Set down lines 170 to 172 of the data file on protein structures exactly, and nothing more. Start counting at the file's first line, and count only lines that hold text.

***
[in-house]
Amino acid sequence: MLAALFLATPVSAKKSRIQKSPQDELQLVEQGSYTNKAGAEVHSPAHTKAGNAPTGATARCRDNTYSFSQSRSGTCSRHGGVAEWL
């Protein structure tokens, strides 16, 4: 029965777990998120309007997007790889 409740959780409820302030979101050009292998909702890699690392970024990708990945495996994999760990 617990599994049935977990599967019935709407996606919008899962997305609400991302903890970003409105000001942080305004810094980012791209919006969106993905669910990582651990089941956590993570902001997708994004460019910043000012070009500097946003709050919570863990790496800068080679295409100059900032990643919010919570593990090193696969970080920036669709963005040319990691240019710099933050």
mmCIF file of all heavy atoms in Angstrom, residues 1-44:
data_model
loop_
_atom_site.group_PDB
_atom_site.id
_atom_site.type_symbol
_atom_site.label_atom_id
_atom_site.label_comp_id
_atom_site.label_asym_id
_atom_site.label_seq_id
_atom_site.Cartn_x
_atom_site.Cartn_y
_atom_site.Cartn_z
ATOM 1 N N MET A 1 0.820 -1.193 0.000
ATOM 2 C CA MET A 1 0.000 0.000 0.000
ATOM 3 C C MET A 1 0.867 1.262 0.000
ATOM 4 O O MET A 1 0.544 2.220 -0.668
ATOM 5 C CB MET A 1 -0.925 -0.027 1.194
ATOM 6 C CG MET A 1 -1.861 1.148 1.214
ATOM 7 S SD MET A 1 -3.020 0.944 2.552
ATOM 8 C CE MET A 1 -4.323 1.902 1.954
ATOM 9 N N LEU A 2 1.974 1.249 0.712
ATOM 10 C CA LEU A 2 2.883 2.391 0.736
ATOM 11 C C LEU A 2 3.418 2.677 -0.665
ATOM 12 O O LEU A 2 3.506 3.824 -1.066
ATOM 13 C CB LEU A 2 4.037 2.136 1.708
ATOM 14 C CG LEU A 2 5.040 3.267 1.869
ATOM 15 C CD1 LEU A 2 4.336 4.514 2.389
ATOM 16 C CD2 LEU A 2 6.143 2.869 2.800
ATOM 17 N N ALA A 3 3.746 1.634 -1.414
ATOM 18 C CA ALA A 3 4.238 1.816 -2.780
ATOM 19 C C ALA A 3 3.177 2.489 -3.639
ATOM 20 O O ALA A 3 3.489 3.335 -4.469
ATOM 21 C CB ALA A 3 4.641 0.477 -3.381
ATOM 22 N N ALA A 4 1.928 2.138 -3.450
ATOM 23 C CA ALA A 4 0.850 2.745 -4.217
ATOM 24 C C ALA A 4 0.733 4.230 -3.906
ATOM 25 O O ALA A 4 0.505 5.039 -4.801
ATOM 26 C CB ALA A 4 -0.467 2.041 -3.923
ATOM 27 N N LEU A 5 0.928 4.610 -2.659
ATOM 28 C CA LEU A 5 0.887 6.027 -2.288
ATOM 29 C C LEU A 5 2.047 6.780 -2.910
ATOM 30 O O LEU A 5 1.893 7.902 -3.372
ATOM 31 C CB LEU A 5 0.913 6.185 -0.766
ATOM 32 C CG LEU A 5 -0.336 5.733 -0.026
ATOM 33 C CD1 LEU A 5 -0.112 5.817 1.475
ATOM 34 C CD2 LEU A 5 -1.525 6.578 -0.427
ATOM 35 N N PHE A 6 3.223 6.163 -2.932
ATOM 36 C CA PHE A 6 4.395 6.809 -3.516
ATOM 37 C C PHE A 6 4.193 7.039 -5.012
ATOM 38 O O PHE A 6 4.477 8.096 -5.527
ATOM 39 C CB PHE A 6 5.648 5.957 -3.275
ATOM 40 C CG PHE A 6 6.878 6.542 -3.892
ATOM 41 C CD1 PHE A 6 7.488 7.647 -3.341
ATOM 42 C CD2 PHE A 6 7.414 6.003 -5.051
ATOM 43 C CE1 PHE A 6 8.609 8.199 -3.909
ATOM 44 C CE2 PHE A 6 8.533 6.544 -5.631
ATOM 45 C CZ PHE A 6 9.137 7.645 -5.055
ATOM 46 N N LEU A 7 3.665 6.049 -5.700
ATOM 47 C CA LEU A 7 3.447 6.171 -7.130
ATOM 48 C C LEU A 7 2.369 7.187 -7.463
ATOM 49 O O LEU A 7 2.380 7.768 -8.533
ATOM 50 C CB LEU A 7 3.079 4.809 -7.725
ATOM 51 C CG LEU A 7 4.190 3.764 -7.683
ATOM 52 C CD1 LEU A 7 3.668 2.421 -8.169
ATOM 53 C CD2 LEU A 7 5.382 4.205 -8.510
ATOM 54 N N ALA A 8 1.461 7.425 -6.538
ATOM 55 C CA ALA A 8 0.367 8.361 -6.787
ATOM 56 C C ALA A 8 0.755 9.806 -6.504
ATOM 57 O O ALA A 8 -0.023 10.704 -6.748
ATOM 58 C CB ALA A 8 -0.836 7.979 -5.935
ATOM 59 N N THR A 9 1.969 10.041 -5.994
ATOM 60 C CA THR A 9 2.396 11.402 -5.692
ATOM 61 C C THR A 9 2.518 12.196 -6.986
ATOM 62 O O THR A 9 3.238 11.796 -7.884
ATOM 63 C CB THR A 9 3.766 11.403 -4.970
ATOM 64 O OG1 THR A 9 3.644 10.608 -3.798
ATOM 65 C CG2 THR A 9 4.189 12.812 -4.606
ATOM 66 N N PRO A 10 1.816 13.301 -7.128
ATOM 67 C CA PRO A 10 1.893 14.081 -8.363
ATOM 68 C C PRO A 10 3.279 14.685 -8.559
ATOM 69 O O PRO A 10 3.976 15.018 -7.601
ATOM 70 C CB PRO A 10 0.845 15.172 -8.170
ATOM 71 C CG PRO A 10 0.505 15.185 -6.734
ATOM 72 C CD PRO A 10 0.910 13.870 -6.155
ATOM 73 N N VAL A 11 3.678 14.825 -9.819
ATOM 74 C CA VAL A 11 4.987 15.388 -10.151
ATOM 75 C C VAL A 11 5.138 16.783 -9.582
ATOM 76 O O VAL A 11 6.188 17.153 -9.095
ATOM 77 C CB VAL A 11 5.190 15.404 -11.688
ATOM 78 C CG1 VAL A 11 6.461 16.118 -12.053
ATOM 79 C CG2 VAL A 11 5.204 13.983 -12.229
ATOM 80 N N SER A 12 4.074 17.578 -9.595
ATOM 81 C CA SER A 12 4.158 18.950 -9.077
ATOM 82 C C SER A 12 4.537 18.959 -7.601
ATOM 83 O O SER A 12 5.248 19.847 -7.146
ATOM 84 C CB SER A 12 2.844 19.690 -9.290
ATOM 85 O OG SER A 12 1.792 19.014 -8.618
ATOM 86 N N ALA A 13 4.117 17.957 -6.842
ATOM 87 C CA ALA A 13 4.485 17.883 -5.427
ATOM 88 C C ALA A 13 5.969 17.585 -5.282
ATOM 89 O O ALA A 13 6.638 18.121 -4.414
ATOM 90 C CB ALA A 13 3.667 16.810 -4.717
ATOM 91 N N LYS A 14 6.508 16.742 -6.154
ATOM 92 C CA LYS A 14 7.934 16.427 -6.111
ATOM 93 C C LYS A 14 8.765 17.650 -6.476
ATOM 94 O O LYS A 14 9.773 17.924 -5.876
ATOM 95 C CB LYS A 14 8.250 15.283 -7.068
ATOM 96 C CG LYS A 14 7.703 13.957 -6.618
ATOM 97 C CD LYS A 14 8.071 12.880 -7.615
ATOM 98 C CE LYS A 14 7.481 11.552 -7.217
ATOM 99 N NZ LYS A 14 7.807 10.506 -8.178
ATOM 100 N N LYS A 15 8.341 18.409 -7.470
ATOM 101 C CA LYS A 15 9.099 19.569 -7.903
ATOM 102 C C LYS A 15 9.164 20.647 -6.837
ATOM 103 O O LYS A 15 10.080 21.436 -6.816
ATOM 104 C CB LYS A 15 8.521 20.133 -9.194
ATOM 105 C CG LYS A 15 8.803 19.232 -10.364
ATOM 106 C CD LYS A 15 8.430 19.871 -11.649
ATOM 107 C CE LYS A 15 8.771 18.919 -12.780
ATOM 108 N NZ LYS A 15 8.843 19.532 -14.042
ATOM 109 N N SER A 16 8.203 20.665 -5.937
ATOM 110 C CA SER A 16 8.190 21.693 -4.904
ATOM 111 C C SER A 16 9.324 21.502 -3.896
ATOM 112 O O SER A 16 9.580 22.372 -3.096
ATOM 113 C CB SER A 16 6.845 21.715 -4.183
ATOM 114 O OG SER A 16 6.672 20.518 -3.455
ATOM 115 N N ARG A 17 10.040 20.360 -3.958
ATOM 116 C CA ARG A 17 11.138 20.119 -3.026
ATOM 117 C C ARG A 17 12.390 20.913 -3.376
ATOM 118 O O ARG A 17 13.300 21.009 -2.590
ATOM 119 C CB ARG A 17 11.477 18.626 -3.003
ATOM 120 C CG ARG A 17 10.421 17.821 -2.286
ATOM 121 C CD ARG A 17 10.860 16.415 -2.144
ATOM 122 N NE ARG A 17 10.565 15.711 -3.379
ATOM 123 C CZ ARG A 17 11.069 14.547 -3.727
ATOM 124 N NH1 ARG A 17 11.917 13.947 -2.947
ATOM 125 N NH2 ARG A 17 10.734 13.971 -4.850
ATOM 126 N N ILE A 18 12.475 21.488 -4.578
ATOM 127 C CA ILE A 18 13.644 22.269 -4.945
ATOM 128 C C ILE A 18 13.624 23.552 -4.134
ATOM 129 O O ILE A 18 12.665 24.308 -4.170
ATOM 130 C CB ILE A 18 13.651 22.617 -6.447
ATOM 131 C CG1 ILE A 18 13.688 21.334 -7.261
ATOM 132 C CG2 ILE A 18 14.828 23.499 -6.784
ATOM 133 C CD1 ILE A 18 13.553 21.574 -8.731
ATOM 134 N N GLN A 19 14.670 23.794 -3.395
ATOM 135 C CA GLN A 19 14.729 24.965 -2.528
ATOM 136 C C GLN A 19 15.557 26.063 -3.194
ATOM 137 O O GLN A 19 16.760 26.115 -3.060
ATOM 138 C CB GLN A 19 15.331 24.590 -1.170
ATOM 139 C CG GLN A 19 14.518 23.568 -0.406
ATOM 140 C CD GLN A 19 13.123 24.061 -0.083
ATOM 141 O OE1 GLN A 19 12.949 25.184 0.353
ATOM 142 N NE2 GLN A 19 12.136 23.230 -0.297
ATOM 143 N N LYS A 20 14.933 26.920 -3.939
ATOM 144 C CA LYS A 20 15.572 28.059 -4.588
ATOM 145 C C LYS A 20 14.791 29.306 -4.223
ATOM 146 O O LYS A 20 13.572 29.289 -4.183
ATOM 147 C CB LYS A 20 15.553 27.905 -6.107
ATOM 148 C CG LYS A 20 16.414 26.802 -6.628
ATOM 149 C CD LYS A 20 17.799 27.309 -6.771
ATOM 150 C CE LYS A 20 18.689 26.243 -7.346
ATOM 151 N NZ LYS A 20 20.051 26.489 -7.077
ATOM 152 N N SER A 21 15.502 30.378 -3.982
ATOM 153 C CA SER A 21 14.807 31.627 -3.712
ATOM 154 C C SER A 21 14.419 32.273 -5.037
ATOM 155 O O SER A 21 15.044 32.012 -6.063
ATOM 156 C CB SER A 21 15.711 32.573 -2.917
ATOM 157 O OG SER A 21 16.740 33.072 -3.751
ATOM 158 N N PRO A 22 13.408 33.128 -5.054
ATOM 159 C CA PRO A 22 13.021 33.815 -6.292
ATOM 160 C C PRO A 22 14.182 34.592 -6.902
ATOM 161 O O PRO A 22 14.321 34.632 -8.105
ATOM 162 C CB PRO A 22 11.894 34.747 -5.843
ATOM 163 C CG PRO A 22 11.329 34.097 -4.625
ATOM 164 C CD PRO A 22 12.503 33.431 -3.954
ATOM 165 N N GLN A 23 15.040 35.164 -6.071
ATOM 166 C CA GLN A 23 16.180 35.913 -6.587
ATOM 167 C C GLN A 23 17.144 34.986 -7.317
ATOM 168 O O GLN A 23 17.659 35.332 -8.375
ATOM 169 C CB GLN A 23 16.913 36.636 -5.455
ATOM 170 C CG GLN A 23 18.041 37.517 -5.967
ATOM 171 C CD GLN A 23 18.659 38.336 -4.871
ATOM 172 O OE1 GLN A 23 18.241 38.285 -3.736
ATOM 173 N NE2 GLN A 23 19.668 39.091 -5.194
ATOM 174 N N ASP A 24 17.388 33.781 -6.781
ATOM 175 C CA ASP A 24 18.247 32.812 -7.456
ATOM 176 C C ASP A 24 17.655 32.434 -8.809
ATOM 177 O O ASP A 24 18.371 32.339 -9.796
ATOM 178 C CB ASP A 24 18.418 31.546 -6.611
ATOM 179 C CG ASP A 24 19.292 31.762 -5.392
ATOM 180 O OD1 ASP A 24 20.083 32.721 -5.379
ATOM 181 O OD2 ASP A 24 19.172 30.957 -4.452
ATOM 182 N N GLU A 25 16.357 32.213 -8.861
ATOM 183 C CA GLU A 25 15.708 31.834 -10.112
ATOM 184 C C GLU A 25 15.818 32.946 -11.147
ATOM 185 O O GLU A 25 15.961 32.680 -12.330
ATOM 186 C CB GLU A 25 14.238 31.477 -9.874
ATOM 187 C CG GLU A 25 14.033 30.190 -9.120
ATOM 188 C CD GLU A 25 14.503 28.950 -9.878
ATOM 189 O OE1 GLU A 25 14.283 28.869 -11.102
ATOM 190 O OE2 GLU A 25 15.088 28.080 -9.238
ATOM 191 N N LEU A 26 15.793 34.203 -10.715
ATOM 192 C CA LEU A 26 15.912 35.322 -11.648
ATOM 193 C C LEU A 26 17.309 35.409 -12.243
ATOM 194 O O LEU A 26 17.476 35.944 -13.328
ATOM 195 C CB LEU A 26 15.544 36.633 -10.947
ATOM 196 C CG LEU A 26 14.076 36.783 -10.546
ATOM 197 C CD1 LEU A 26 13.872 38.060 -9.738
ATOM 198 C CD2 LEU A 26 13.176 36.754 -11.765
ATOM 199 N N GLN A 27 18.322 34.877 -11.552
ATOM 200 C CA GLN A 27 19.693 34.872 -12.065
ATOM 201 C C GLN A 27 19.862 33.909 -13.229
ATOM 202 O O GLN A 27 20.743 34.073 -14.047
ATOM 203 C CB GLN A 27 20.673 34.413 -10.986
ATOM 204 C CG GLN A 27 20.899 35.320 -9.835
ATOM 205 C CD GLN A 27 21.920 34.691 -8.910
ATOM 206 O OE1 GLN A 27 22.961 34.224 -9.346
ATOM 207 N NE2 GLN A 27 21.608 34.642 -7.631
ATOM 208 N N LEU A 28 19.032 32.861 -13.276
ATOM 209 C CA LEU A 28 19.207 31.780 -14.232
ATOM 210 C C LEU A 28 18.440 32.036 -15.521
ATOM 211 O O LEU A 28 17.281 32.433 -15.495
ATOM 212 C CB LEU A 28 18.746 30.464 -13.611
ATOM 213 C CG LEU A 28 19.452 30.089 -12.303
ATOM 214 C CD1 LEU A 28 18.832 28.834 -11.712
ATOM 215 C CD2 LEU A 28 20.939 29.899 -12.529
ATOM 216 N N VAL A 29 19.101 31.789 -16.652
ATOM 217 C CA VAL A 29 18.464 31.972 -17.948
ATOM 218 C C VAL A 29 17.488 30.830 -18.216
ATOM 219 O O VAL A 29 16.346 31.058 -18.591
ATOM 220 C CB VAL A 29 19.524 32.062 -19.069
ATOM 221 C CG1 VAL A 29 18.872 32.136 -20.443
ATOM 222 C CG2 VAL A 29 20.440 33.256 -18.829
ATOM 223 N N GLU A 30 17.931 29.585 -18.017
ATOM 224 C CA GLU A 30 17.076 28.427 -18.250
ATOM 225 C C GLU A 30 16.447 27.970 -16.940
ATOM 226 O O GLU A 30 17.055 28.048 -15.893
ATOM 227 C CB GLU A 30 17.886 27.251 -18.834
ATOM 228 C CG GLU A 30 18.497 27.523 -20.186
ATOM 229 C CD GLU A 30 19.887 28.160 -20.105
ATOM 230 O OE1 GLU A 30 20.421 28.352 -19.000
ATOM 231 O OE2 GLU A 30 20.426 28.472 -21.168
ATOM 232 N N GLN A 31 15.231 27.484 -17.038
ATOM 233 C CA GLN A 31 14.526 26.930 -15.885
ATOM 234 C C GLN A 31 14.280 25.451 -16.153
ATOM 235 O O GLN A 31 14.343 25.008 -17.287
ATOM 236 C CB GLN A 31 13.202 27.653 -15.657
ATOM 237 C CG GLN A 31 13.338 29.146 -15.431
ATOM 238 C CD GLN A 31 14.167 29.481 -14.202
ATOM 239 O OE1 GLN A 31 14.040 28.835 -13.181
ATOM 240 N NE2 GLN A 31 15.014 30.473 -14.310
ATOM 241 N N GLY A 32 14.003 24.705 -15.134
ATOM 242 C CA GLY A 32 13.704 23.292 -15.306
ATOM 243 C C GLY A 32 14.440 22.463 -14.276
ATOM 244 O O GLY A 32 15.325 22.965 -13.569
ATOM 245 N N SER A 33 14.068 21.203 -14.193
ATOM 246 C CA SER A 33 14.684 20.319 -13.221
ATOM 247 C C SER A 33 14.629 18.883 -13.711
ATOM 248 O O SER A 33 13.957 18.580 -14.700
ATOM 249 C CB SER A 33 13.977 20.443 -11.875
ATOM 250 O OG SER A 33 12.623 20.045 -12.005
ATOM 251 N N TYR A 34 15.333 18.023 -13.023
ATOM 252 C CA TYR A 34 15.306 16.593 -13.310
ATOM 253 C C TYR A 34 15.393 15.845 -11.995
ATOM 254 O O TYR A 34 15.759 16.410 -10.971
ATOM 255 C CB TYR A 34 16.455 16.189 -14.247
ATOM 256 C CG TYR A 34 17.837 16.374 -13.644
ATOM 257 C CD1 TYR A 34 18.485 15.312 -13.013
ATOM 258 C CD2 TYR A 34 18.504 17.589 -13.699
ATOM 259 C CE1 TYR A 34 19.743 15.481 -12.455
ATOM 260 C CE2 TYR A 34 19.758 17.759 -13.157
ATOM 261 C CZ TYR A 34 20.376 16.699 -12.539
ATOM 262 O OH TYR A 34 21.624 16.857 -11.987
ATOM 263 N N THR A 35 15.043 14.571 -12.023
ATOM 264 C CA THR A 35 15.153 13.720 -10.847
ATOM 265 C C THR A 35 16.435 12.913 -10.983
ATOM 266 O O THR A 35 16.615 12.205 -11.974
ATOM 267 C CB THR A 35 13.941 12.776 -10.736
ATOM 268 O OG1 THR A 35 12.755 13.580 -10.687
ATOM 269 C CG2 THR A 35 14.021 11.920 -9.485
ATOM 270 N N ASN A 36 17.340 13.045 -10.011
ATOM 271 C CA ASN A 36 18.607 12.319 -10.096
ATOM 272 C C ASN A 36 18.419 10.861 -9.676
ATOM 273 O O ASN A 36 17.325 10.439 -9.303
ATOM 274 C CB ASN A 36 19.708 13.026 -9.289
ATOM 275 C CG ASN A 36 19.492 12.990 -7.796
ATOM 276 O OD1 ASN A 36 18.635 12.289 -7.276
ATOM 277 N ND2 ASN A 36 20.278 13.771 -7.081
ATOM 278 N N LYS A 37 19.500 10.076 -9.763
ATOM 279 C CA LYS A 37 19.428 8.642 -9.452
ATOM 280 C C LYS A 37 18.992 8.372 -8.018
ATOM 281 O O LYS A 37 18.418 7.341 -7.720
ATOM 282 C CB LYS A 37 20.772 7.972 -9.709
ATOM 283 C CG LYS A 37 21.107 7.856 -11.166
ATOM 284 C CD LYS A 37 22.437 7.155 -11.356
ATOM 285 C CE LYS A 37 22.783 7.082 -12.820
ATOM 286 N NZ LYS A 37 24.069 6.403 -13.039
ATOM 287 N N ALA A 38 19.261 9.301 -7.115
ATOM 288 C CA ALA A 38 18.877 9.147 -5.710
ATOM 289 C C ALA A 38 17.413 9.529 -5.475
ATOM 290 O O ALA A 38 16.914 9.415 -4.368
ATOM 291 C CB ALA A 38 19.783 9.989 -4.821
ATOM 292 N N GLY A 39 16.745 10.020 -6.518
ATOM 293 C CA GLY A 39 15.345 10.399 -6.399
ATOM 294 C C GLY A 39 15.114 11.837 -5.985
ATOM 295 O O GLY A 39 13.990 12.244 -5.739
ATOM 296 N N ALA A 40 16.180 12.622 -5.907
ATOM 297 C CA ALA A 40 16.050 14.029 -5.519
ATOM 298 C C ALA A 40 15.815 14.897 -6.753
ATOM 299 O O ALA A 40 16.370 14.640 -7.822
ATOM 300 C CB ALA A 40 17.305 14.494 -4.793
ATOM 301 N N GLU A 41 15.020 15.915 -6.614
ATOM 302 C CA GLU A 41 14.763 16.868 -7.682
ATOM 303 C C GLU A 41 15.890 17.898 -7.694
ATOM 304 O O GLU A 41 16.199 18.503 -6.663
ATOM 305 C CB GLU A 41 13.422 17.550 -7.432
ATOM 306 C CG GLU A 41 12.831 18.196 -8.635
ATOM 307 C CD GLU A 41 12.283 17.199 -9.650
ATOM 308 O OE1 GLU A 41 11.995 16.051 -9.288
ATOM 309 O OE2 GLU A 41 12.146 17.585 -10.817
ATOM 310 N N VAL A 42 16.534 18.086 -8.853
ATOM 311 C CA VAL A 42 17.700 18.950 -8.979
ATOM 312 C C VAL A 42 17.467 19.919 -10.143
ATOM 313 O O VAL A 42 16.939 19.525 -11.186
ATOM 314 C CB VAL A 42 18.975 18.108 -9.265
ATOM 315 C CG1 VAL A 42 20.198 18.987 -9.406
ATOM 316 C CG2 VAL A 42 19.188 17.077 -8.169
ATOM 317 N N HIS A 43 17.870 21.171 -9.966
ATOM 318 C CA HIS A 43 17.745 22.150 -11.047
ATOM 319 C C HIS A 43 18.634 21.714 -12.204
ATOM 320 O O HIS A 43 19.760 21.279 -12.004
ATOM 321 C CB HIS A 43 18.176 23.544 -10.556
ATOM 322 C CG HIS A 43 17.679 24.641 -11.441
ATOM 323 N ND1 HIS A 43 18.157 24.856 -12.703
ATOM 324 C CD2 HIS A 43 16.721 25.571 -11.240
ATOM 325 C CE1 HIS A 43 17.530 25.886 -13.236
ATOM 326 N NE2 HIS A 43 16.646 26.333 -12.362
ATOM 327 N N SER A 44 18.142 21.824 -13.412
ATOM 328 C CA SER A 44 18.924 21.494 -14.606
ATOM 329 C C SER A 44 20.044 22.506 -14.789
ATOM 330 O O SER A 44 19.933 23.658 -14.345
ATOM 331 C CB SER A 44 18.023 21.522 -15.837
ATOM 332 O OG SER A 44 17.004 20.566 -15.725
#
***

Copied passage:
ATOM 154 C C SER A 21 14.419 32.273 -5.037
ATOM 155 O O SER A 21 15.044 32.012 -6.063
ATOM 156 C CB SER A 21 15.711 32.573 -2.917